As twin brother D'Onta Foreman continues to break out for the Texas Longhorns, sophomore wide receiver Armanti Foreman faces a critical crossroads in his development.
After catching redshirt freshman quarterback Jerrod Heard's first career touchdown pass against Rice and producing four catches for 70 yards against Cal, the more highly-recruited twin has caught only four passes since. The game against TCU highlighted his recent struggles -- on one pass down the sideline, Foreman didn't show the spatial awareness and body control to ensure that he came down with the football inbounds. On another, his concentration seemingly lapsed and he let another pass go through his hands, negating the opportunity for a big gain.
Against Cal, he even dropped a would-be touchdown pass that wasn't particularly well-thrown, but still hit him in the hands. And in the Cotton Bowl, Foreman wasn't a factor at all against Oklahoma.
In that game, fellow sophomore Lorenzo Joe received the bulk of the playing time outside and capitalized by making a number of key blocks, earning an appearance at Monday's media availability as a result. Foreman is still listed as the starter at the X position, but if the play caller Jay Norvell once again opts for a run-heavy gameplan, Joe could end up playing more agains Kansas State, too.
Other than the fact that Joe is three inches taller than Forema, the big difference is in attitude and work ethic. There's a reason why head coach Charlie Strong said that D'Onta was his favorite twin -- it's because D'Onta works harder than his smaller but arguably more talented brother.
"Armanti can act like a real diva if he's not challenged," Texas City offensive coordinator Chase Fickessen told Horns Digest. "When Armanti is engaged and challenged, he's at his best."
When Foreman was in high school, Fickessen said, he could backpedal 40 yards faster than some of the other receivers could run it -- there weren't any options for the coaching staff if Armanti didn't put in max effort. So for the first time, he's learning about competition.
"Right now, he hasn't really been playing the best ball," D'Onta said Monday. "I tell him that he didn't really have to fight because, in high school, he was the best receiver on the team. I was the best running back on the team, but we had other good running backs. I couldn't have bad practices because they had somebody else who could go in. We couldn't do that with Armanti."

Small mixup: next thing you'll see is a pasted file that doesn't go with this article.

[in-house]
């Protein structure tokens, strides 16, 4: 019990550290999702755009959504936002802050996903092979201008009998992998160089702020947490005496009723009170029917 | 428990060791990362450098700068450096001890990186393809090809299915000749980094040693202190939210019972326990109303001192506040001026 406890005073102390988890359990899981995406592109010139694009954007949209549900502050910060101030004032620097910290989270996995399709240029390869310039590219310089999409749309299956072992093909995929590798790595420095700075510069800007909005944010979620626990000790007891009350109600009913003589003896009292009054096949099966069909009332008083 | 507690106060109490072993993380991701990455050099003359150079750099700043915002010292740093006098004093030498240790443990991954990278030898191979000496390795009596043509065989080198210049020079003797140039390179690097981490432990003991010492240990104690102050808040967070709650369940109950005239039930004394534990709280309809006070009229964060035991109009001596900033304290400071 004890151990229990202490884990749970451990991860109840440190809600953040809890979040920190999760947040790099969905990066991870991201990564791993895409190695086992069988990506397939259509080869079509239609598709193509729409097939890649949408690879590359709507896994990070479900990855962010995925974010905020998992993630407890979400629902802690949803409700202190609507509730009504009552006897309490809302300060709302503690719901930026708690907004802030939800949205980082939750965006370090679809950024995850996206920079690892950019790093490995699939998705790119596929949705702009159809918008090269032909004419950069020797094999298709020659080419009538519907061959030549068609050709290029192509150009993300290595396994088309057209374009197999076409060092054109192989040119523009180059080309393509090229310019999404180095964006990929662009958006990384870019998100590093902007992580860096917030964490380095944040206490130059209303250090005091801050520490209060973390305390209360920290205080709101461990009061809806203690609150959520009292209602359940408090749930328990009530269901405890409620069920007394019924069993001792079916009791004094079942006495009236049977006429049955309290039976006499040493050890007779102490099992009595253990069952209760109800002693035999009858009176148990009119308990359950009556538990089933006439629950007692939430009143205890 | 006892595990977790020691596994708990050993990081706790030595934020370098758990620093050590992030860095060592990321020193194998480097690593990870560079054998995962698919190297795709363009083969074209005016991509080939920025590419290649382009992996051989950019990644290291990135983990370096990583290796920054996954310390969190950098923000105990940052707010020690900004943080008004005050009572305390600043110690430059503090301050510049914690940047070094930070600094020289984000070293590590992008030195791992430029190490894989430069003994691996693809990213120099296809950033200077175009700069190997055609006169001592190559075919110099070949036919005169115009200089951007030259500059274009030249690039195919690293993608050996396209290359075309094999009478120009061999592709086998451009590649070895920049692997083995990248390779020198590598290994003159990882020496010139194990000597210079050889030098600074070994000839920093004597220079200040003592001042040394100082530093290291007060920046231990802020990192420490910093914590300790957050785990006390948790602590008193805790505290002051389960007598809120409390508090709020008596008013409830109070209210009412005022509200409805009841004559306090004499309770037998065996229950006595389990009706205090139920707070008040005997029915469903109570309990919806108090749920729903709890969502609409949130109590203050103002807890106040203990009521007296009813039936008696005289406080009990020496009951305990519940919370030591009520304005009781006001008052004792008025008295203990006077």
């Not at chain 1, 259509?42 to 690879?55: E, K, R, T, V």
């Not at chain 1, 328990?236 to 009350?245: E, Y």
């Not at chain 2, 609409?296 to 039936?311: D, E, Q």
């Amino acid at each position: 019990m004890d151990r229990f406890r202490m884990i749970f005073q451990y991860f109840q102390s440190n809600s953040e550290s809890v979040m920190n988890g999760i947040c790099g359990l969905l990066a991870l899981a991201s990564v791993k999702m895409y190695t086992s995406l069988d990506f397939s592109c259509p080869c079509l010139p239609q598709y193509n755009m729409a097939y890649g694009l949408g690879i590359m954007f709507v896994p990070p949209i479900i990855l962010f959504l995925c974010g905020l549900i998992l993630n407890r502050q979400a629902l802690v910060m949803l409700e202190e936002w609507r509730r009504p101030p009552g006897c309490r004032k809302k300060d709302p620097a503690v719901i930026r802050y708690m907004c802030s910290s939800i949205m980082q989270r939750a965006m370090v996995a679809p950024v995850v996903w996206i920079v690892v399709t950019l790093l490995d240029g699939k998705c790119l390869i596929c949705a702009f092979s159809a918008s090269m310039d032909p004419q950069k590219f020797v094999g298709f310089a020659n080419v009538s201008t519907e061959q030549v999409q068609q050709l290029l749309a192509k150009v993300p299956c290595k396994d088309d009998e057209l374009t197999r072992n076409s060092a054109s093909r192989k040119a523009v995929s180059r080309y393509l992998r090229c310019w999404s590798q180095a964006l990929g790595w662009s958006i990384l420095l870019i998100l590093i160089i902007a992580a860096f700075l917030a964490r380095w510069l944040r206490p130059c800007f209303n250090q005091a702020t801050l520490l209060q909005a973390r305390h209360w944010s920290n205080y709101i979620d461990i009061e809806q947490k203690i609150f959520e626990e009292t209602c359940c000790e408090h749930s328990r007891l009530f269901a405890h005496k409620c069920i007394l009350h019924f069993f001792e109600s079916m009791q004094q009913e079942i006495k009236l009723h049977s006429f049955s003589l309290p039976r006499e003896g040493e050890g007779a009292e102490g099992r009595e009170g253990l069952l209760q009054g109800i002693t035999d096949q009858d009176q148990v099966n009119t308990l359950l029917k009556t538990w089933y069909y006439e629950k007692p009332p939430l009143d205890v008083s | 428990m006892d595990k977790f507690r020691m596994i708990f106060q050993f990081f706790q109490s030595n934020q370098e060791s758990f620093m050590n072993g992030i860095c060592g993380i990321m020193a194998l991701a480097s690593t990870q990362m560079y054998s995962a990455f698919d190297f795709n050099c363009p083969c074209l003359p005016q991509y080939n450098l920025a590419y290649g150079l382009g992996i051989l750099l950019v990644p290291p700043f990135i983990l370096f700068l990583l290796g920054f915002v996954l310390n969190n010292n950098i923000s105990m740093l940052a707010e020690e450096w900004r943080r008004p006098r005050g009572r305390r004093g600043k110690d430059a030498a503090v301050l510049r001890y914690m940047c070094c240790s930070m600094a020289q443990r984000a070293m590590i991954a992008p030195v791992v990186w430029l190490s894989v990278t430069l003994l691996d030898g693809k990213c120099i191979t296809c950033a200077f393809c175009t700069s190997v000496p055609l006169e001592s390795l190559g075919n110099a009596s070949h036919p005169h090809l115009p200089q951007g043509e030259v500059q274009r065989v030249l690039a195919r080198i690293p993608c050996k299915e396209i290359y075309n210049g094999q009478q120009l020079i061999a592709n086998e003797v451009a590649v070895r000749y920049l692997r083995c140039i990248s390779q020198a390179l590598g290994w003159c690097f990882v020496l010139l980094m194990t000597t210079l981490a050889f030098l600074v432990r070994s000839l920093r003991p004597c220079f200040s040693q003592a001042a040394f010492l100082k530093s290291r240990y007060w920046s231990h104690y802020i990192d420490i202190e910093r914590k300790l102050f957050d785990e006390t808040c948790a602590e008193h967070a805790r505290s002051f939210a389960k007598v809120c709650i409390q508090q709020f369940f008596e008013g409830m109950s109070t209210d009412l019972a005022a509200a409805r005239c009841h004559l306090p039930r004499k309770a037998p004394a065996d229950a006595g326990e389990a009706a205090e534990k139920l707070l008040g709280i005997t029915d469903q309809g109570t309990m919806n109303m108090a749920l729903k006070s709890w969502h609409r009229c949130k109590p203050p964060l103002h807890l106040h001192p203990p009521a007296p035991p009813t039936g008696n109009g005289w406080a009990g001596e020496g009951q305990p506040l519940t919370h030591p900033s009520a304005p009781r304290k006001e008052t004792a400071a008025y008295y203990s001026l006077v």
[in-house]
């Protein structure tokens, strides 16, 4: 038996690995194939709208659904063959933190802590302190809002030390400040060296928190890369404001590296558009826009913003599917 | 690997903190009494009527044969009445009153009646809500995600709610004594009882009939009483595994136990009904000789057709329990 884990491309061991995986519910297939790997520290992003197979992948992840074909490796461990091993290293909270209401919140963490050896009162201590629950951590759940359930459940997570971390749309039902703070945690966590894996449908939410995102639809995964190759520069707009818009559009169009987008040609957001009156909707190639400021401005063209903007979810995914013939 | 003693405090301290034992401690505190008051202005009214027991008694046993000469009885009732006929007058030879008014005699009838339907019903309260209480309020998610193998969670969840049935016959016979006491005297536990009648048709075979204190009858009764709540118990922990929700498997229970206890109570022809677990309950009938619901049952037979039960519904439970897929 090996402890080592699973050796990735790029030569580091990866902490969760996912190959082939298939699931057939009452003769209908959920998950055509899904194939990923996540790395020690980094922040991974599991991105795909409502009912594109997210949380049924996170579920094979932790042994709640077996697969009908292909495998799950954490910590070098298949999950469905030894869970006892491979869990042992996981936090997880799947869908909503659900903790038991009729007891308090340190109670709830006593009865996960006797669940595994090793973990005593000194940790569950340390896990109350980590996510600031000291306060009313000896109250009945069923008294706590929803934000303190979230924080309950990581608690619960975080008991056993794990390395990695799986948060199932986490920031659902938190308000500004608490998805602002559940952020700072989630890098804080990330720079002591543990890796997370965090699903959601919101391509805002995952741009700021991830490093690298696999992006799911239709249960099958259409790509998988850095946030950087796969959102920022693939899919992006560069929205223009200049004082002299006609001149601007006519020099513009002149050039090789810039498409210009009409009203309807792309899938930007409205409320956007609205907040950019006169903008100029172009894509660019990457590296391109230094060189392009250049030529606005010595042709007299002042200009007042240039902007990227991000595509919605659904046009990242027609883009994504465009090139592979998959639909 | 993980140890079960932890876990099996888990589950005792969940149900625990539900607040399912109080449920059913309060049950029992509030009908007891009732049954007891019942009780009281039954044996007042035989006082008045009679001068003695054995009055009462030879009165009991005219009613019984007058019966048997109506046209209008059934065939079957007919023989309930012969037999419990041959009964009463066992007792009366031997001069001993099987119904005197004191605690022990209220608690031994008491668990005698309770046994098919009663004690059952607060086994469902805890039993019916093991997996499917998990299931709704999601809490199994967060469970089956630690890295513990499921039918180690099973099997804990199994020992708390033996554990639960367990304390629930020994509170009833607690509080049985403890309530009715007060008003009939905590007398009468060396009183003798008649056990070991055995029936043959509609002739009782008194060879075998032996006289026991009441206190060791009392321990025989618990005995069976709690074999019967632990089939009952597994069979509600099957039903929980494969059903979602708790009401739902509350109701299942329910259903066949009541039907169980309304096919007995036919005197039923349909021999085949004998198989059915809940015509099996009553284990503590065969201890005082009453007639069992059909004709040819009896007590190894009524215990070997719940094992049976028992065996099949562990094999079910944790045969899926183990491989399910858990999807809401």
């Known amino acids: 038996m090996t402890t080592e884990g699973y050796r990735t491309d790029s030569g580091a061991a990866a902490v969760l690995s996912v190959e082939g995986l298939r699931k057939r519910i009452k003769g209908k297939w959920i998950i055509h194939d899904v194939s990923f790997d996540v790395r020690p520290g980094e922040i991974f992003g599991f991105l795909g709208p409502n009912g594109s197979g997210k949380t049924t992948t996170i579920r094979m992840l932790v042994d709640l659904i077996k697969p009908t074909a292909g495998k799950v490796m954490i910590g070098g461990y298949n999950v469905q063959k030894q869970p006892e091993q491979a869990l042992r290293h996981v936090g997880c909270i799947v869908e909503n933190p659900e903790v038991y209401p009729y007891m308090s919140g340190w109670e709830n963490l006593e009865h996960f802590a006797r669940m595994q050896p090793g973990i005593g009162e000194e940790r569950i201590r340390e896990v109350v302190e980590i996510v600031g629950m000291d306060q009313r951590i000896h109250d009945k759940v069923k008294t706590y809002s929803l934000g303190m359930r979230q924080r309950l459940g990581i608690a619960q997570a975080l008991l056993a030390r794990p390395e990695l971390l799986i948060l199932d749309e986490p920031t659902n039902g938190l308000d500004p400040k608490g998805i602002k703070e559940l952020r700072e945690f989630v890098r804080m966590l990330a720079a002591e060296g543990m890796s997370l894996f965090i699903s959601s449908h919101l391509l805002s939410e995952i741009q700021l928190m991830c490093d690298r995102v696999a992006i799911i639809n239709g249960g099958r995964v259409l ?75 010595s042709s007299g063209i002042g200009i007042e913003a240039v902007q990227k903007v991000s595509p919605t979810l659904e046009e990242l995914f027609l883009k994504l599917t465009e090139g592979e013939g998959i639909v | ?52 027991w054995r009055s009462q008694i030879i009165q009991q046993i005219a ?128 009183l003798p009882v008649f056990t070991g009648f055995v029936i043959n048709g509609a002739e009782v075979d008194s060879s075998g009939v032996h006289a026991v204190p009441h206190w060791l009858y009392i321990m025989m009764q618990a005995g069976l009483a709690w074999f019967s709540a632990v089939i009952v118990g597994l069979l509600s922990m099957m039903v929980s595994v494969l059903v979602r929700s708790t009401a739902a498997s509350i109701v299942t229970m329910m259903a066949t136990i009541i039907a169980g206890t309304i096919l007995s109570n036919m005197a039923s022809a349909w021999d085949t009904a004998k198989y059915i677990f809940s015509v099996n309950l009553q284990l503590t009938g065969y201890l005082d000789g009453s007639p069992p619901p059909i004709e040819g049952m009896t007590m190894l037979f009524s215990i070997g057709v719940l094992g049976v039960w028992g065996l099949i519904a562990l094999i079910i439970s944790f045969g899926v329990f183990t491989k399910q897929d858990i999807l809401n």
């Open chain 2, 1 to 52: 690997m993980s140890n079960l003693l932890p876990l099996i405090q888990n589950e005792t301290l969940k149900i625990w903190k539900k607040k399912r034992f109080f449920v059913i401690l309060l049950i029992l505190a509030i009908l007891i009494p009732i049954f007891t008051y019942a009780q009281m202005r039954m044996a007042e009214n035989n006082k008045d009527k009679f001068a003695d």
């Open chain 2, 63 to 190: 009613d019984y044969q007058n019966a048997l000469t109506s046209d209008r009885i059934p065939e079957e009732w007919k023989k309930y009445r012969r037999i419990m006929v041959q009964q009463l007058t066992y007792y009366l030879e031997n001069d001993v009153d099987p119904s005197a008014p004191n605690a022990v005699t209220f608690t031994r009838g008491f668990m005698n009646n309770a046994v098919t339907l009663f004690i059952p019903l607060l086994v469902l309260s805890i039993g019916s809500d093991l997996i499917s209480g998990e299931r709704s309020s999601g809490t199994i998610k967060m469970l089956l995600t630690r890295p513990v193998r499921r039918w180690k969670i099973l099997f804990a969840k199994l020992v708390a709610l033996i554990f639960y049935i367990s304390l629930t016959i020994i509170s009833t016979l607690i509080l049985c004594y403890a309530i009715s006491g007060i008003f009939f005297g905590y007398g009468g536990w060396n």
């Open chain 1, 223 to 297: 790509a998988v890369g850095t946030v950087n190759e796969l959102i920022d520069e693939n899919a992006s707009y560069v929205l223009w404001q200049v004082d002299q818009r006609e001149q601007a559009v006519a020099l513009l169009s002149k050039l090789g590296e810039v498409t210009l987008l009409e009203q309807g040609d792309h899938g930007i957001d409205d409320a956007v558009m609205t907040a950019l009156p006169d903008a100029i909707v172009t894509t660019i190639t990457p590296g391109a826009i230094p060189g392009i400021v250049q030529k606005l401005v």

The recruiting process didn't do anything to humble Armanti, either, especially compared to how coaches treated D'Onta. As the offers rolled in for Armanti, D'Onta had to wait for his Texas offer and didn't even see many schools enter his recruitment merely to help land his brother. Armanti, meanwhile, collected offers from a number of big-time programs and ranked just outside the top 100 players nationally in the 247Sports Composite rankings.
But Foreman will have a major opportunity this weekend against the Wildcats. Head coach Bill Snyder will surely prepare Kansas State to take away the Texas running game that flourished against Oklahoma, so the Horns will likely need to exploit a Wildcats defense that struggles to defend the passing game in space.
Enter Armanti Foreman, the speed merchant who is so fast that Strong says he can turn on the afterburners and catch up to passes in practice that initially look badly overthrown.
Foreman has certainly come through in big moments before -- he was such a highly-rated recruit for a reason. In one game against Pearland Dawson as a senior, Foreman had to play through a stomach virus that required hospitalization, according to Fickesson. Hours later, Foreman posted five total touchdowns (two receiving, one rushing, and two interception returns for touchdowns) and was the catalyst in the blowout victory against a rival school.
As long as Foreman follows some sage advice from his brother, whose new tattoo reads "My Brother's Keeper" but otherwise matches the one that Armanti now has on his own back, he'll have a chance to be part of the passing attack this weekend.
"I told him he has to go out and work hard every day," D'Onta said. "I told him he can't get complacent. He understands that but, for a time, maybe he got complacent. He's had wonderful practices lately. Hopefully, he'll keep that up."